The Arkansas River forms in the Pike National Forest of Chaffee County in central Colorado, then flows south through Buena Vista and Salida before turning east by southeast at Coaldale. From there, it flows through Canon City and Pueblo to John Martin Reservoir, then into and across Kansas through Wichita, down into Oklahoma through Tulsa and Muskogee, where it again turns eartward into Arkansas at Fort Smith, flowing through Russelville, Little Rock and Pine Bluff before reaching its confluence with the Mighty Mississippi River on the Arkansas-Mississippi border. The Ark is a VERY long river with a large number of dams creating reservoirs in each state through which it passes. This description covers the section from Buena Vista to Stone Bridge.
The 18.7 mile section of the Arkansas River from Stone Bridge down to Rincon offers boaters a mild Class II to III ride with 6 rapids and great access with five points along the river plus Rincon Campground at the bottom. This popular run is well suited for canoes, kayaks and rafts. A lowhead dam sits at 6.3 miles, with a chute neat the left bank. This run is usually navigable May through August, with a moderate gradient of 23 FPM, not quite as steep as sections above.
Salida, in the middle of this section, is the starting point for the annual FibARK boat race and the pre-race party the night before. The mid-June race began in 1948, and is billed as "the grandaddy of downriver races". This is not a mecca for hairboaters, but it is great place for leaarning or developing whitewater boating and swiftwater resccue skills.
Chaffee and Freemont Counties, Colorado, bordered on the west by the San Isabel National Forest and on the east by the Pike National Forest in the Sawatch Range of the Rocky Mountains. Denver and Colorado Springs are to the north, Pueblo is to the east and Grand Junction is almost due west.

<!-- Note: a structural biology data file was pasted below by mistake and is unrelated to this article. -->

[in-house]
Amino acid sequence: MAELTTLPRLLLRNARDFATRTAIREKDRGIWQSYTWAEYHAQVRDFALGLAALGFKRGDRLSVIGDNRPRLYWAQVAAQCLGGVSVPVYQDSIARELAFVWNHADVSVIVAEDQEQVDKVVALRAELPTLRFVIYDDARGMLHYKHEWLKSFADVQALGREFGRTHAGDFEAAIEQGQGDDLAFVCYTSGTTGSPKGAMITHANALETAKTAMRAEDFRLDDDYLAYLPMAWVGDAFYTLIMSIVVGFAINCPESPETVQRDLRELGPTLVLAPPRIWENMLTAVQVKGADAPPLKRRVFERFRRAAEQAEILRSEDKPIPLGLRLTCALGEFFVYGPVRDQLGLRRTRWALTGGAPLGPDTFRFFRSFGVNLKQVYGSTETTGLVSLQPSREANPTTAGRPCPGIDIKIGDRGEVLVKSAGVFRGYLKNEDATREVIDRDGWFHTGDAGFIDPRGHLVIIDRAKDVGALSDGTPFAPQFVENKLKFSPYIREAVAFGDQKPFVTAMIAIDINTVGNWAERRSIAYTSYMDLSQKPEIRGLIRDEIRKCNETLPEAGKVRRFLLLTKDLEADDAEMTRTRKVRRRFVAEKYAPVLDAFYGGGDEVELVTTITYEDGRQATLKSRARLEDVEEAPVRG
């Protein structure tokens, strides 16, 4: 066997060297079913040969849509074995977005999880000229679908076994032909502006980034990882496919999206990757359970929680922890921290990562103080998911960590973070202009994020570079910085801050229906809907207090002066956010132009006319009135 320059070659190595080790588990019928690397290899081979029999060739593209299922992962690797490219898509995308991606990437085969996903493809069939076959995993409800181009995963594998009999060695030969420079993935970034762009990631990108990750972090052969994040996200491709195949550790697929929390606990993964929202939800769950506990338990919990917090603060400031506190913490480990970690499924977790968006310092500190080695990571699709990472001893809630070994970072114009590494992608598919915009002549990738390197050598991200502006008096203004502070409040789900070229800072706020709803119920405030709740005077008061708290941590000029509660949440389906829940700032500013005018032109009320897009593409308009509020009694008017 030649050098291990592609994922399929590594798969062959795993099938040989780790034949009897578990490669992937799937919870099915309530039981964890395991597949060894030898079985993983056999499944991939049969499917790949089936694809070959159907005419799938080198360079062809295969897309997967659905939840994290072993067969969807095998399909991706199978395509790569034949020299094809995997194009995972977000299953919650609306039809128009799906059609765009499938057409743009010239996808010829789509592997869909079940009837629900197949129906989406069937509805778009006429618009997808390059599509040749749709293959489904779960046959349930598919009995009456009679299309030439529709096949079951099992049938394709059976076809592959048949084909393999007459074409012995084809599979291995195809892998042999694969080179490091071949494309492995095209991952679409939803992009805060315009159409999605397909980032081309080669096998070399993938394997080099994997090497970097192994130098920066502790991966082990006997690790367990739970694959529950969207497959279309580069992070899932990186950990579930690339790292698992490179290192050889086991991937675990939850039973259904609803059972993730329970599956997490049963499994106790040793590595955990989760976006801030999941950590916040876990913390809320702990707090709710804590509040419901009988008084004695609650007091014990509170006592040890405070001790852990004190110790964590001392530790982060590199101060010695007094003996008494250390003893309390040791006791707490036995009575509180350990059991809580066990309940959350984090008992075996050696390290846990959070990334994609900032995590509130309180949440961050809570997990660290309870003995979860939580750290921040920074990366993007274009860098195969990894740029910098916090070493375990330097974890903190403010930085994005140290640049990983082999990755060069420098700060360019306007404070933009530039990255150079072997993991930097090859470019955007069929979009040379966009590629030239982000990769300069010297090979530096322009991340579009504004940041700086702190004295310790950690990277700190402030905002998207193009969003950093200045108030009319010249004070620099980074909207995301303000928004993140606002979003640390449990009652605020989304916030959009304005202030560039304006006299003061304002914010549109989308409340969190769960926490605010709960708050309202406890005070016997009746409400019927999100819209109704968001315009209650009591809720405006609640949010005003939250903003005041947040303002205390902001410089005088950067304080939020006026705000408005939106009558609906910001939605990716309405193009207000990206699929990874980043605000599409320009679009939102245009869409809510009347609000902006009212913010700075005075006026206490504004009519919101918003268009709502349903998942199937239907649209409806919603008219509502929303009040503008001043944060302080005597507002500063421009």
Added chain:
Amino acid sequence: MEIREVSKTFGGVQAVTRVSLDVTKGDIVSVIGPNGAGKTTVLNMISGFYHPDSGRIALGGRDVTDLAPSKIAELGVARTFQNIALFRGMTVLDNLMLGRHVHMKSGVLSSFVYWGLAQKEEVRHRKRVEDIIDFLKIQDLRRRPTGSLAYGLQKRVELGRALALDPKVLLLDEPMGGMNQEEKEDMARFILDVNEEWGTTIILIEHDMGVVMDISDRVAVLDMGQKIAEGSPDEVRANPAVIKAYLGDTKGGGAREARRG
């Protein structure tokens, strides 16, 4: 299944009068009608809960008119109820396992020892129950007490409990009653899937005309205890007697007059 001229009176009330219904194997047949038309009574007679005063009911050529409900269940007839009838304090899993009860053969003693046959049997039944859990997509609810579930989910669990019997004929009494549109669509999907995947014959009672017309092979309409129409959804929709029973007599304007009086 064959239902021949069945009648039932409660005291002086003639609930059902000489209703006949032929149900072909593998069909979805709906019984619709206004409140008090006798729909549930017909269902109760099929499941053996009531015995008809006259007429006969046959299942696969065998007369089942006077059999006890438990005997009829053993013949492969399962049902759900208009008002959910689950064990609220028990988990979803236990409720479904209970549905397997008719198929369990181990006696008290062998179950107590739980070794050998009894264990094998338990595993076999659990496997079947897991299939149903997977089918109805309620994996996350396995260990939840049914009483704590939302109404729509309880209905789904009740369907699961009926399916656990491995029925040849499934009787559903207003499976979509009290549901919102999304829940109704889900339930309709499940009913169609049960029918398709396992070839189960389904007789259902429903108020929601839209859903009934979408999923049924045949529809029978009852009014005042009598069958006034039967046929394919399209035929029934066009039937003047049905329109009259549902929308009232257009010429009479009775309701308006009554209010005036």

Durango 246 miles; Grand Junction 206 miles; Denver 216 miles; Pueblo 107 miles; Salt Lake City 491 miles; Albuquerque 445 miles; Phoenix 833 miles; Oklahoma City 841 miles; Dallas 1,000 miles; Austin 963 miles; San Antonio 1,043 miles; Houston 1,149 miles (all distances are approximate and depend upon starting point, destination point on the river and route taken.)
Water quality is generally very good to excellent and clear, though snow-melt cold.This section is rated Class II to III at flows below about 2,500 cfs. Because of the cold water temperature, and the often cool to cold air temperature, wetsuits or drysuits are highly recommended to prevent hypothermia.
By Colorado standards, this secton has a very long season ranging from May through August or September, though the actual season may be longer or shorter, depending upon winter snowpack and summer rainfall amounts.
Compared to rapids on other Colorado rivers, and even on other sections of the Arkansas River, the rapids between Stone Bridge and Rincon are more gentle, ranging from Class II to III. The first rapid comes near Squaw Creek at about 2.9 miles below the Stone Bridge access. At about 6.3 miles a lowhead dam with a left side chute spans the river. Bear Creek Rapid, at 12.3 miles, is the first significant hazard. Spanning the width of the river, Bear Creek Rapid features a great surfing hole on river right. Spider Rapid is at 15.4 miles. Badger Creek Rapid is at about 18.2 miles. The last significant rapid is The Flume, at 18.4 miles.
Stone Bridge (SH 291) access, near US Highway 285 / SH 291 split, at 0.0 miles; Big Bend access at 3.1 miles; Salida access at 9.3 miles; Salida East access at 11.8 miles; and Rincon access at 18.7 miles.
Rincon Campground, off SH 291, is located near Badger Creek Rapid and The Flume at 18.3 miles. Other campgrounds are available in each of the two sections above and below the Stone Bridge to Rincon section.
Rentals, shuttles and/or other river related services are available from any of several outfitters located on or serving the Arkansas River.
This section of the Arkansas River is a great run for intermediate level whitewater paddlers and an excellent training run for beginner to novice whitewater paddlers wanting to learn or develop good skills. It offers plenty of good rapids, but none too demanding or dangerous. Great access, a great campground at Rincon and close proximity to major roads make this section ideal. The scenery is awesome, but the nature of this run makes it very popular, so crowding can sometimes be a problem, especially during the peak summer months. The long season, lasting from May into September, gives paddlers a good window for catching the Arkansas River between Stone Bridge and Rincon at optimum levels. Unless you are prepard and have the skills for Class III to IV whitewater, this section is best avoided when the flow exceeds about 2,500 cfs.
Because the water is cold, wearing wetsuits or drysuits is advisable for most paddlers. The Arkansas River would not be a good place to become hypothermic. Ear plugs would be advisable to keep the cold water out of your ear canals, a situation that can lead to serious aural complications from repeated and prolonged exposure. Swiftwater rescue skills would be advisable for all paddlers running the Arkansas River.